In sum: part one dissects myths on the right (America is a Christian nation, etc.) and left (Separation of church and state, etc.) and then examines what religious thinkers can offer in style and argument (Davis recognizes that each argument is not necessarily confined to the right or the left; this right/left construction favors more recent trends).

In part two Davis attempts to exemplify the way religion can increase the quality of political discussion. He begins by "Rethinking the Big Four." These chapters embody the tone of interchange described in part one while discussing abortion, embryonic stem-cell research, euthanasia, and gay marriage (interestingly, Mormonism doesn't come up in his same-sex marriage discussion).

In part three Davis takes readers "Beyond the Big Four" with discussions on war, environmentalism, and the economy. Perhaps the most fascinating should-have-been-obvious-why-didn't-I-already-think-of-that point of the book is the strange classification system Americans seem to embrace regarding "moral" issues. He cites a 2004 National Election Poll in which voters were asked to name the "most important issue facing the country." Davis explains:

The poll pitted "moral values" against war, terrorism, the environment, and the economy. Doing so implied that those other issues had nothing to do with "moral values"; they were topics of political or social importance, but they were not matters of ethics....But war is a profoundly moral issue, just as how we treat the natural world and how we deal with one another in our economic relationships are matters of great moral significance (117-118).

This section works well together with Davis's earlier admonition to resist the myth that moral arguments exist only one side of any given debate, whether regarding abortion, gay marriage, stem cell research, or capitalism (7).

Davis's stirring concluding chapter is written "In Defense of Civility" (155). Here he defines "civility" as "the exercise of patience, integrity, humility, and mutual respect in civil conversation, even (or especially) with those with whom we disagree" (159). Noting the tendency of radio and TV political coverage to favor "sexier news" over compromise and reasoned discussion, Davis still believes there are many who desire "a public dialogue that is patient, substantive, and subtle" (157). He carefully notes that he isn't calling for "simple passivity, nicety, or acquiescence," or that all conflict must be avoided. Pretending differences don't exist is as fruitless as shouting about differences. More importantly, civility is not a magic ingredient: "civility cannot guarantee consensus on any issue" (160). But Davis, citing Os Guinness, believes it promises progress: "What we are looking for [in civility] is not so much truths that can unite us as terms on which we can negotiate and by which we can live with the differences that divide us" (161). Davis again invokes history for examples of of civility as a "consistent aspiration" of American leaders, albeit with imperfect execution (161). Davis encourages readers to encourage civility in the politicians to whom we write or interact with, the TV and radio programs we pay attention to, and the discussions we have with others in person, online, or anywhere else.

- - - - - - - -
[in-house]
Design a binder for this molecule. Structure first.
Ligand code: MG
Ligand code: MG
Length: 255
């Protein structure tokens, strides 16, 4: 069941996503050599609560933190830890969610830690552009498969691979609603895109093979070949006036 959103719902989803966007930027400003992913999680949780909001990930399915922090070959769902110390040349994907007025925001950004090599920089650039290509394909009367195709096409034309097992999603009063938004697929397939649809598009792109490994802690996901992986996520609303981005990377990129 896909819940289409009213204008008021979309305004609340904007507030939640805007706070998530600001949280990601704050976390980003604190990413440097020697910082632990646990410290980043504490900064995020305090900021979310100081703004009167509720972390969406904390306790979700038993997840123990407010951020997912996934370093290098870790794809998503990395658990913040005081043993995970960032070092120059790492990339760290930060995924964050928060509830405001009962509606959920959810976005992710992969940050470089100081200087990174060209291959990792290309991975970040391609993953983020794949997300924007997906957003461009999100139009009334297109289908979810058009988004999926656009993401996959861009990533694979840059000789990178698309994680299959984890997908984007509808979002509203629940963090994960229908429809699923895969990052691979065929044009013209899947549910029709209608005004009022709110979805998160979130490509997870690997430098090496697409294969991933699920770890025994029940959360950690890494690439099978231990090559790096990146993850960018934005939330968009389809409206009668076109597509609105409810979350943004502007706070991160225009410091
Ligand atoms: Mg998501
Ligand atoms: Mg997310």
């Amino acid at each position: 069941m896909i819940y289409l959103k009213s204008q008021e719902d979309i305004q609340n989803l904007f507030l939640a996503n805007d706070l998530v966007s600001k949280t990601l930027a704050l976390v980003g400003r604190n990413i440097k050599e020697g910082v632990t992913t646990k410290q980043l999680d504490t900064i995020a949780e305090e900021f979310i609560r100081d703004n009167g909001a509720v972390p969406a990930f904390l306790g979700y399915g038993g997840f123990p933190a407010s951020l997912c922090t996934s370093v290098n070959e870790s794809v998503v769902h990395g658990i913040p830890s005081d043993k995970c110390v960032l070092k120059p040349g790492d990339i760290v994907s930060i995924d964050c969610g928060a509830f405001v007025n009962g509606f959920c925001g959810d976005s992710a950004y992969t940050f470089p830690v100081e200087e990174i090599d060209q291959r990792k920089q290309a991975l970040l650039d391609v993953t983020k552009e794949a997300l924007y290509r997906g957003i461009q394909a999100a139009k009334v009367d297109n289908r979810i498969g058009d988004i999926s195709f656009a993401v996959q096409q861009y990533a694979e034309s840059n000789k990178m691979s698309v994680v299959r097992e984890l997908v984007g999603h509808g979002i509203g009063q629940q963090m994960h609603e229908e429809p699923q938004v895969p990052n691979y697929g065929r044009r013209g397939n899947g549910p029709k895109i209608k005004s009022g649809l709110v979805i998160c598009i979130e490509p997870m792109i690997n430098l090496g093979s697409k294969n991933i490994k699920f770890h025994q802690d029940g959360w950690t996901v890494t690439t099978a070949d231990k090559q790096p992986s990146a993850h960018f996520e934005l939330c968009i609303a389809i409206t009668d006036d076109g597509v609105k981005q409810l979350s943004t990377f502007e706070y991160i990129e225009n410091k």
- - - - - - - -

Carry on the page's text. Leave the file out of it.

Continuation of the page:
Rather than sounding like a whiny diatribe or a preachy soapbox sermon, Davis's book is a reasoned description and example of the sort of intelligent and civil discussion which can serve to enrich public discourse. There are a few blind spots (I would have liked a discussion of an organized religion's right to promote political platforms, for example, or a description of tax exempt implications). Davis himself seems to lean slightly left of center on some issues and right of center on others. Overall he maintains balance quite well, however. I hope these leanings do not distract readers from the central purpose of the book, which isn't to resolve policy issues, but to exemplify a civil and religiously inclusive discussion on them.